On Managing Work - Not People (Part II)

July 30, 2020
3 minute read

By James Steele

Part I: On Managing Work – Not People suggested that in low flow efficiency environment the big levers for improving service delivery are in an addressing the amount of time that work spends in a wait state (removing delay). In this post I would like to highlight the commonly seen sources of delay and what we might do about it!

First I would like to offer a cautionary note. Flow efficiency should be viewed as a health indicator of your service – with a low efficiency signalling the likelihood of poor service health in terms of the flow of work. However, don’t make your improvements efforts completely about improving your flow efficiency at the expense of other important fitness criteria – like lead time! If your flow efficiency is improving, but doing so at the expense of unacceptable lead times that are outside acceptable thresholds, then you may actually be making things worse. So consider balancing your flow efficiency metric with a metric like lead time. Use flow efficiency as an improvement driver for your service that provokes important discussions about your service.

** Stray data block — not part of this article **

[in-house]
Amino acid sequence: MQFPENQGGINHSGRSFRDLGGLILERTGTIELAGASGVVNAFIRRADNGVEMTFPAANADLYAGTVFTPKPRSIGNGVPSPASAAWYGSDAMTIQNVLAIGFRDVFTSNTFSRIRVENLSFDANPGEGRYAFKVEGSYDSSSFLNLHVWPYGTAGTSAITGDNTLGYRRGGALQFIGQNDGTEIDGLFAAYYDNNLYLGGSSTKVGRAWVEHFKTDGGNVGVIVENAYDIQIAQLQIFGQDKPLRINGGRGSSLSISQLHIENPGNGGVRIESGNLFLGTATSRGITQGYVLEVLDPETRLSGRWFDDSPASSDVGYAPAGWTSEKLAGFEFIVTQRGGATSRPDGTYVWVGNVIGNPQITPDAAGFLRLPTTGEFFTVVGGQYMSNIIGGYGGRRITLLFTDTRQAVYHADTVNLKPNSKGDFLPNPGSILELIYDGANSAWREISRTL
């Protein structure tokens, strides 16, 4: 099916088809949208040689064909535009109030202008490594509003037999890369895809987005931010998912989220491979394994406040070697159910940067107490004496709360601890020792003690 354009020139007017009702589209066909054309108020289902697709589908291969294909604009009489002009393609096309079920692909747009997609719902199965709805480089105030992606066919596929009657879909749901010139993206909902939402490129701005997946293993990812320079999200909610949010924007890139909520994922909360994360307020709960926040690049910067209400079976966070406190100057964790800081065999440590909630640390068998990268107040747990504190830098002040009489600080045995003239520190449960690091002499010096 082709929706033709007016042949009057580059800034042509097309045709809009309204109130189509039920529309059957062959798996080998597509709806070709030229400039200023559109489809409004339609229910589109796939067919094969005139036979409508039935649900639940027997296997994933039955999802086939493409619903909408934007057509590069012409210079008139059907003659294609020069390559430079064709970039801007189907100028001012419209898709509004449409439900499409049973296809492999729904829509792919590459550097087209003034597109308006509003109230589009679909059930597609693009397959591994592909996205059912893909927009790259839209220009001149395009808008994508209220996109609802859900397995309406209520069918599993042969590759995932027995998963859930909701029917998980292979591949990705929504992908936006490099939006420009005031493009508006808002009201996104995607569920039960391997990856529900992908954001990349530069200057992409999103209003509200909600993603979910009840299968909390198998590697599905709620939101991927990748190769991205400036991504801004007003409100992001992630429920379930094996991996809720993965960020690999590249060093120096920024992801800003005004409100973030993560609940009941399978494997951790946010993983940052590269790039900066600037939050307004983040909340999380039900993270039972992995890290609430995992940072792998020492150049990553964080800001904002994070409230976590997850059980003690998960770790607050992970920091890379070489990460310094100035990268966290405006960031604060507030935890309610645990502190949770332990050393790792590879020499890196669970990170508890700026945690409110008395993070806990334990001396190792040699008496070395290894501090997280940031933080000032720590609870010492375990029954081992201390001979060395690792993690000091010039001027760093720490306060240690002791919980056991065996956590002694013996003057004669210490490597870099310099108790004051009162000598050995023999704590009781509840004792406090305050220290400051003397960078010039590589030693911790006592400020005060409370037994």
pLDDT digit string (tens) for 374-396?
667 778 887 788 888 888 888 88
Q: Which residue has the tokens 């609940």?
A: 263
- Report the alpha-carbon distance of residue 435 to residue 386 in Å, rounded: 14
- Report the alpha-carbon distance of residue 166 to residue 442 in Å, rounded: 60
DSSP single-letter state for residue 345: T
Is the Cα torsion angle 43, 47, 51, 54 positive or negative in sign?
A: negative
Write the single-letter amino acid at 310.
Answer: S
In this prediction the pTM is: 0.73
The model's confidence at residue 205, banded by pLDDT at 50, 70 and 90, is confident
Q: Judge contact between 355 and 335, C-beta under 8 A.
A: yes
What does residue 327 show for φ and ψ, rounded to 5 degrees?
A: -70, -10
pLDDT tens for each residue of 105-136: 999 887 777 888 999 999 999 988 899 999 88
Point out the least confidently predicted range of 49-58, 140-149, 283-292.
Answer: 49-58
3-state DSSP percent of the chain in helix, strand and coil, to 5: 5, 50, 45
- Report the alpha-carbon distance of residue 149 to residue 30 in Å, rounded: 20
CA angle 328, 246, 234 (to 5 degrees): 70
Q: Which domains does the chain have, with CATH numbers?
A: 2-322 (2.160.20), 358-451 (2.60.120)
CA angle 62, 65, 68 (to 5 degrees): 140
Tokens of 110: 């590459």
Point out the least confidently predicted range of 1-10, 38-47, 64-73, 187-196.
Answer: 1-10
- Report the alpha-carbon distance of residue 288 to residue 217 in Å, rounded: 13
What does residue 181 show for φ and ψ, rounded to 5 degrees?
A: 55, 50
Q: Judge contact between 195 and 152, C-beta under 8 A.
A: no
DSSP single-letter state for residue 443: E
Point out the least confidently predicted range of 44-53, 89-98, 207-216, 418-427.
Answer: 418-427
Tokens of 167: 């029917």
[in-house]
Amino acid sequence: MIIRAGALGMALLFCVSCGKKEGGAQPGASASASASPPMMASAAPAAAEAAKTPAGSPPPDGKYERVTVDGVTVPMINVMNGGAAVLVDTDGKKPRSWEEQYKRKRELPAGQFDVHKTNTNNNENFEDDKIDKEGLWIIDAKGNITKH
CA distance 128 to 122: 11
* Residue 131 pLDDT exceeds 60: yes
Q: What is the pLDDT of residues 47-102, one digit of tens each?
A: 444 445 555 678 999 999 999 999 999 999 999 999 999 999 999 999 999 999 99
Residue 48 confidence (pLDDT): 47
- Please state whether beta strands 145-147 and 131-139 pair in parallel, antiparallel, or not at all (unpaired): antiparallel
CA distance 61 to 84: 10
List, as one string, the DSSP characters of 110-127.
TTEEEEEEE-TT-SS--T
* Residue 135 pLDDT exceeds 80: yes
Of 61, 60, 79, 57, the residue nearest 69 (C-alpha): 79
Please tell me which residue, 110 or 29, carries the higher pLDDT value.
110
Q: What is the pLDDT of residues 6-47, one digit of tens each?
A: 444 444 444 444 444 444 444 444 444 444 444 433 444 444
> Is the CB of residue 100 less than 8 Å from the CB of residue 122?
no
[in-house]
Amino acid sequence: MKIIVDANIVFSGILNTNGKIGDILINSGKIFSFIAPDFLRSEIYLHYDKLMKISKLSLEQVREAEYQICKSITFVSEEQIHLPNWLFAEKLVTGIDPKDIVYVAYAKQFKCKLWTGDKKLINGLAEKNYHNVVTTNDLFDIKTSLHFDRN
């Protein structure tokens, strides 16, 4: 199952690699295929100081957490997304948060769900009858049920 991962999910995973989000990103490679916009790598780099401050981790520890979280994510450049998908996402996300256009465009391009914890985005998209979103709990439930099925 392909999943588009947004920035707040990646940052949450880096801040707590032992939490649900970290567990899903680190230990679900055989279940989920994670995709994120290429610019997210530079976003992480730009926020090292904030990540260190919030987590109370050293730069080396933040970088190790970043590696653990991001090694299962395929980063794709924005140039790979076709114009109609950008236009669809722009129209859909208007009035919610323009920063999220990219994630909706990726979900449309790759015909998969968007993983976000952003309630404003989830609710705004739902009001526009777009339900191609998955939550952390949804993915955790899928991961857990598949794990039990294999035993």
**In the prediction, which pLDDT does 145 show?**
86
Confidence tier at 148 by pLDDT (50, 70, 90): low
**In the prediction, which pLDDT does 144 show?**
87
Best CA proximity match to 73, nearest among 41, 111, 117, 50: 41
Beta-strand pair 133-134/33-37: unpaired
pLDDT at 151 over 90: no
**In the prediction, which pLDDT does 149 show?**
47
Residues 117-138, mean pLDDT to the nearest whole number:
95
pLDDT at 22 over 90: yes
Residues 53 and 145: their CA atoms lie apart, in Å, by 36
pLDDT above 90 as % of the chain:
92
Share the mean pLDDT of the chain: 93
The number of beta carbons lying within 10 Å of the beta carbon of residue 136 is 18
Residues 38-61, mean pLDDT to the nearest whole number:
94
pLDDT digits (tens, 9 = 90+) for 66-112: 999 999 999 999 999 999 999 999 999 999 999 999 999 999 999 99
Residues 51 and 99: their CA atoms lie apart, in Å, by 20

These are the commonly seen sources of delay. Be on the lookout for them and look to evolve your services and their policies to help address the delay.

Too Much Work-in-Progress (WIP)
If may not initially be obvious, but working on too many things at once is a big contributor to the delay of work. Making a decision to limit the amount of things you choose to have in progress is an effective way to improve flow efficiency and also improve lead times.

Other than the most trivial type of work, we usually encounter dependencies when trying to deliver customer recognizable work items. Common dependencies are other people, other teams, other companies/vendors, and other services.  In order to improve the flow of work and predictability of your service delivery, it’s important to identify and work towards managing these dependencies. Make the dependencies visible. Measure the impact. Put a price-tag on the delay. Work towards developing Service Level Agreements with internal and external dependencies.

Your service is likely to experience poor flow efficiency and unpredictable service delivery until you are able to manage dependencies. Make them known, understand them, and have important discussions about them.

To be continued…


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